Guys, I really like it. And there aren’t many covers that I’d openly declare as liking right now. But the face is right, the styling is right, and you’re under no illusion that what you’re getting is a dystopian thriller. But the close up face also prepares you for the level of intimacy you’ll end up having with the main character. It’s like those green eyes are actually saying ‘go on, read me. You know you want too...’ Isn’t it great when a book does that? Also, bonus points for it being gender-neutral. Any book cover that doesn’t feature a distressed thin girl in a pretty dress wins with me at the moment! 
Why You’ll Love This Book
  • It was real emotional intimacy. This slice of science-fiction-lite works because you really feel for the main character, you understand her, and are with her 100% of the way. Terry understands that this is not a story about a near-futuristic society, but a story about a girl. This is why it works, and this is why you are hooked from the very beginning.
  • It doesn’t hit you over the head with the dystopia thing... and this is BRILLIANT. Because I hate getting bogged down in exposition. The fact that our main character has had her memory wiped means we learn about her society along with her. 
  • Plausibility. This is my favourite buzz-word when it comes to speculative fiction. I have to buy that it might possibly happen in order to buy into the book. I always use Margaret Atwood’s Handmaid’s Tale as an example of this - it’s definitely dystopian science fiction, but every element of that novel is drawn from stuff that is actually happening in the world today. It’s the plausibility that makes it such a thrilling read. Terry has achieved that here. This is a near-future world that could happen and has ties to current psychiatric practices, the ‘problem’ of youth culture, and the functionality of our government. 
  • I kind of want to be Kyla. She’s different from the rest, in a way that makes her sort-of dangerous (we think). She has a super-hero quality to her, even though she doesn’t actually know what makes her special, and I love that. It leaves me expecting big and exciting things from the sequels - no pressure Teri! 
  • I love that good vs evil isn’t a black and white thing here. The fact that you have no idea who to trust, no idea if our heroine is actually a goodie or a baddie, makes this book all the more exciting. Just who is Kyla? Is she a terrorist? Is she just a girl who was in the wrong place at the wrong time? Are her doctors the bad guys? The Lorders? Well, no spoilers or anything, but don’t expect to get any answers any time soon. There is great subtlety in the writing, and I love that I have to constantly ask questions not only of the book, but of myself.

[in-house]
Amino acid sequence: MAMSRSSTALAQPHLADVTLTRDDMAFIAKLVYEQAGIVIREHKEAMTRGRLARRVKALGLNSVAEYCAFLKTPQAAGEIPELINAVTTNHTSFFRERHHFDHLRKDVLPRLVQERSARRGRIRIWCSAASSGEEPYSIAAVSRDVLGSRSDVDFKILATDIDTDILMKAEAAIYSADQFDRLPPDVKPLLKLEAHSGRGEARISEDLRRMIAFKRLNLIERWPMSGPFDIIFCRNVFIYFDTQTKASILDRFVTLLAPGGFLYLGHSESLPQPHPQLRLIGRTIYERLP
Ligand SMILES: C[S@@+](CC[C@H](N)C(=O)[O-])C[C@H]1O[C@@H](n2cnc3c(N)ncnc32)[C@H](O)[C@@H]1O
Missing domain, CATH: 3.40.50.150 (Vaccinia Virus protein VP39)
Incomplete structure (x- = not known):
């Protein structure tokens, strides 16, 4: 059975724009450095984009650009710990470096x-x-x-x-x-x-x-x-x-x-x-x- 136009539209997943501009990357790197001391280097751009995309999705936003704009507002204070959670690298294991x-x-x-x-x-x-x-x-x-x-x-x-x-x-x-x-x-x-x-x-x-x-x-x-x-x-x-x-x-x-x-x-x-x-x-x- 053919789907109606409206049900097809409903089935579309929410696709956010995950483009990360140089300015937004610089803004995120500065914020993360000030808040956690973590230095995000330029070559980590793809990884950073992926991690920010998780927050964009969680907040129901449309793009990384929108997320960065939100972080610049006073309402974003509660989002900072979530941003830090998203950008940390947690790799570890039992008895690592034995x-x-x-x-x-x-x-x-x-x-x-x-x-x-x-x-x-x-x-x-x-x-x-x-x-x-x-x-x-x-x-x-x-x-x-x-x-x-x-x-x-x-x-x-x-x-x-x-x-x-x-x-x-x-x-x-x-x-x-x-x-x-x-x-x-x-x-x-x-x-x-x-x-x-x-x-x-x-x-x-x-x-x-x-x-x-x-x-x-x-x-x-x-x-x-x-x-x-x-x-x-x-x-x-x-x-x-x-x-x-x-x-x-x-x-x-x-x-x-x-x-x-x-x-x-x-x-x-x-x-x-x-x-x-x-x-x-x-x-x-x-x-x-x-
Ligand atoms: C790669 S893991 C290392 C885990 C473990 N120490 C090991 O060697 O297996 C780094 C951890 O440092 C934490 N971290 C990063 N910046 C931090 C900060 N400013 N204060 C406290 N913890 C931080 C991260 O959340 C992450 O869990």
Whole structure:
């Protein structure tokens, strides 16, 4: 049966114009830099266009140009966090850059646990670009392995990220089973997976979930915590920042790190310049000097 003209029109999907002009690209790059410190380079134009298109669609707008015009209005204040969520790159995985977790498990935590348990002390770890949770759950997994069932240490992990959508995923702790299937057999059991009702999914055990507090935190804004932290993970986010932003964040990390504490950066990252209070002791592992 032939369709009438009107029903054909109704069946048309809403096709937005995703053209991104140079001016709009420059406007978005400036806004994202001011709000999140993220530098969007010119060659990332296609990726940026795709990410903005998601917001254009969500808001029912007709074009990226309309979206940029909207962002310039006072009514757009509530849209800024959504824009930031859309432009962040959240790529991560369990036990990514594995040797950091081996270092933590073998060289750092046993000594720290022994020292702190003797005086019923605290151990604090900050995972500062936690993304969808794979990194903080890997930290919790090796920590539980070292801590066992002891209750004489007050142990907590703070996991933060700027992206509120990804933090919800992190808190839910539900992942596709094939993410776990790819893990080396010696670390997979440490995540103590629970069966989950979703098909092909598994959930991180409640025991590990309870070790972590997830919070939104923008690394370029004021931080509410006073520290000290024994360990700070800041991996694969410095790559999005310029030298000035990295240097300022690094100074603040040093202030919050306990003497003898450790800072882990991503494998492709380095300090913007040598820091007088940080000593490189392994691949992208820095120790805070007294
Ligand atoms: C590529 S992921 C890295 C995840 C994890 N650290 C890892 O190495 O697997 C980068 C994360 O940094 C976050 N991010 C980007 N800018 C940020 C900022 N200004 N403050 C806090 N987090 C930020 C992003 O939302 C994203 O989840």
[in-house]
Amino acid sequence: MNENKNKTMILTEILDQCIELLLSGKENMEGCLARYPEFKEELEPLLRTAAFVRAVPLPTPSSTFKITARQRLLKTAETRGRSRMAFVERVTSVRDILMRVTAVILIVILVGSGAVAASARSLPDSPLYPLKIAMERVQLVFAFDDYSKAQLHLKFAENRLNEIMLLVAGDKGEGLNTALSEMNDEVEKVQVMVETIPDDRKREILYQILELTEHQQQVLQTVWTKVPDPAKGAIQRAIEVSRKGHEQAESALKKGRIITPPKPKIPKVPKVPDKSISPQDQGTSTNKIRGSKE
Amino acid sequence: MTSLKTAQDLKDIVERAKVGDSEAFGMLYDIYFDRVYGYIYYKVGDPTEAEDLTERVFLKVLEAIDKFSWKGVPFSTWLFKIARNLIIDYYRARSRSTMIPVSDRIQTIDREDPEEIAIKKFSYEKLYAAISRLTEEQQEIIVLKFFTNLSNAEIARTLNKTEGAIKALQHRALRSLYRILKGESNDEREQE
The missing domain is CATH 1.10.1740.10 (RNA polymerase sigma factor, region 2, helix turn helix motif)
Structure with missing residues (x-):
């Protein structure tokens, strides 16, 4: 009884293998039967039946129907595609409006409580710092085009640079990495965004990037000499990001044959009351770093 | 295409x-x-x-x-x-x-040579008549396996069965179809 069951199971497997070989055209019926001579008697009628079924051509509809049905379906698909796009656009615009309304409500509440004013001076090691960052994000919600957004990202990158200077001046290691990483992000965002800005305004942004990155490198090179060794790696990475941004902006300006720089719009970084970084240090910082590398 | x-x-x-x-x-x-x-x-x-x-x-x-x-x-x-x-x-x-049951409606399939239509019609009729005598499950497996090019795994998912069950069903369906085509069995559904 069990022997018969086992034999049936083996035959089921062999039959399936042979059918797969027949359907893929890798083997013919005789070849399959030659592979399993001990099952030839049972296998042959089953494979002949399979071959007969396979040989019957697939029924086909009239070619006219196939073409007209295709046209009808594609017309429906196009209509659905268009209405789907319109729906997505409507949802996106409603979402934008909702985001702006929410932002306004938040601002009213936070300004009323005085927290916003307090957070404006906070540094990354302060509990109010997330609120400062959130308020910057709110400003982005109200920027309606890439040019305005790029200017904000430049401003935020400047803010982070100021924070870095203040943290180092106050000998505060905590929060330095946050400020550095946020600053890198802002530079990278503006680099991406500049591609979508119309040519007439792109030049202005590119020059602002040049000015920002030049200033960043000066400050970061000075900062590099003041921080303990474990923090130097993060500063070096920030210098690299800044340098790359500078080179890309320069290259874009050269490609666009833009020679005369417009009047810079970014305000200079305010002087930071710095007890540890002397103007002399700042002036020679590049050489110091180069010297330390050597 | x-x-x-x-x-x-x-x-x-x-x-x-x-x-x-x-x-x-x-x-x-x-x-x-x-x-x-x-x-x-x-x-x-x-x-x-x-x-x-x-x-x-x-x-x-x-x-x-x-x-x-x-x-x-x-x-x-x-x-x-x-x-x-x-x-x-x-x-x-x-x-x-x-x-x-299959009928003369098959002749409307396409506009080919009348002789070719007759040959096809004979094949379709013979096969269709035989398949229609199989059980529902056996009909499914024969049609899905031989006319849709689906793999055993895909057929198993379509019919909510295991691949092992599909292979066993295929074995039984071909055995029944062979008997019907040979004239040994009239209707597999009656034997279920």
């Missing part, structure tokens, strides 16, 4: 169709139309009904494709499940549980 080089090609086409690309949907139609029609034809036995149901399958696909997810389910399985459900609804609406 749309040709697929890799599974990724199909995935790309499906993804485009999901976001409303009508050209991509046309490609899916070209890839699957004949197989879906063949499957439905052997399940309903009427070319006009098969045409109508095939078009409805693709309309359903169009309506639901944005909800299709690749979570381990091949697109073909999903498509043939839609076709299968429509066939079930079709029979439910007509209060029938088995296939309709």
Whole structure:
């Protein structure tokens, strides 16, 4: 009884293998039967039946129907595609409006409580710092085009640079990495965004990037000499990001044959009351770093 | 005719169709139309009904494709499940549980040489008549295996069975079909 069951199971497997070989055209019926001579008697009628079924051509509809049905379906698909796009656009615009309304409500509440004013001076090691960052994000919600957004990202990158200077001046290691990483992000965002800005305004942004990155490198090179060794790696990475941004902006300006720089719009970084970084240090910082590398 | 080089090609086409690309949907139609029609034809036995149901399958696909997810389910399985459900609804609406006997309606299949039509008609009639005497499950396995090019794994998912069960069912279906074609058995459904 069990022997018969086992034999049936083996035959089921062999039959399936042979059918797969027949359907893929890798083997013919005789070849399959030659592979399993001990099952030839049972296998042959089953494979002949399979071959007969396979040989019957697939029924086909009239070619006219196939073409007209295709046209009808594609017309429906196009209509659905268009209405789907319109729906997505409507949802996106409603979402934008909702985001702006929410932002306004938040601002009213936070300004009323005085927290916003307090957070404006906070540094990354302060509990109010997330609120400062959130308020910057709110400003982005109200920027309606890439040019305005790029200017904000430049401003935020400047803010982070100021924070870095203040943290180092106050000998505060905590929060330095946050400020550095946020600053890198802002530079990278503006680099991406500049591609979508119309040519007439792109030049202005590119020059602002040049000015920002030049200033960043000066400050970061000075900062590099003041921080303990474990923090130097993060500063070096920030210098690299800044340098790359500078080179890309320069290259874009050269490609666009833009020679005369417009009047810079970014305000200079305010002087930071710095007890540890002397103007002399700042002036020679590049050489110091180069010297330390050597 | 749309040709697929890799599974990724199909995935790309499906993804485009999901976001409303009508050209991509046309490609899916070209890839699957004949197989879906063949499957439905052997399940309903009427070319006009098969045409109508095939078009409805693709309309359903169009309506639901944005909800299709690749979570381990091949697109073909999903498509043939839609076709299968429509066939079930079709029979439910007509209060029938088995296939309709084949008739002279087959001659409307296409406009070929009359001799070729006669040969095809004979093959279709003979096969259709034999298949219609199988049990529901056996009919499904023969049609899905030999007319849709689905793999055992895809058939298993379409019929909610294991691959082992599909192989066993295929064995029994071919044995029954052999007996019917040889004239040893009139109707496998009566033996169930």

• Levos. The thing on your wrist that moniters your happy levels - what a brilliant, BRILLIANT idea. It made me shudder with ickiness at some points, but I really like it when that happens, as it means the writing is getting under my skin!
  • IT’S BRITISH. Mega fist-pump of joy for a book that represents! And it doesn’t try to be American or anything. It’s set in a UK we can all recognise and appreciate, although it’s pretty frustrating to know that the motorway traffic doesn’t get any better in the future. Sucks. 

Why You May Not Love This Book:
  • CLIFFHANGER WARNING - ok, so it’s not a Patrick Ness or Lauren Oliver style cliffhanger, which leaves you screaming at the book for ending where it does, but I do feel that it’s fair to let you know that this is the first part of a trilogy, and leaves you wanting more. But apparently it’s impossible in this day and age for a great story to be told in one book. I get a little bit angry about this, but am not going to rant about it here. I just want you to be aware. In case you are angry about this trend in YA publishing too.
  • Ben. Oh, Ben. I want to love you. I feel like I probably should love you, but I don’t. Now, admittedly I understand that as a recently Slated lad, Ben’s instincts and urges are going to be a little different from the average teenage boy’s, but still, apparently his idea of a good time is having you sit on his knee for a cuddle. I just didn’t fancy him. Am hoping that the future novels will have a love interest with a bit more of a swoon factor. 
  • Running. This is a bit of a personal bad point. Basically I’ve started jogging, and I really enjoy it, but I don’t want to go out when it’s raining. And it’s been rainning a lot lately. So Kyla does an awful lot of running in the book, and she just made me feel really guilty about not going out as often as I should. Also I’m not sure that enough showering happens. 

The Hypersomnia Test:
Passed. Passed Passed. Short chapters keeps the storytelling paced well, and things move along quickly enough to keep me hooked. I wasn’t quite so sure about the last third of the book - this is where the ‘thriller’ element of the story really comes into it’s own. I found myself missing the more imtimate, emotional storytelling of the first parts. 
Final Verdict: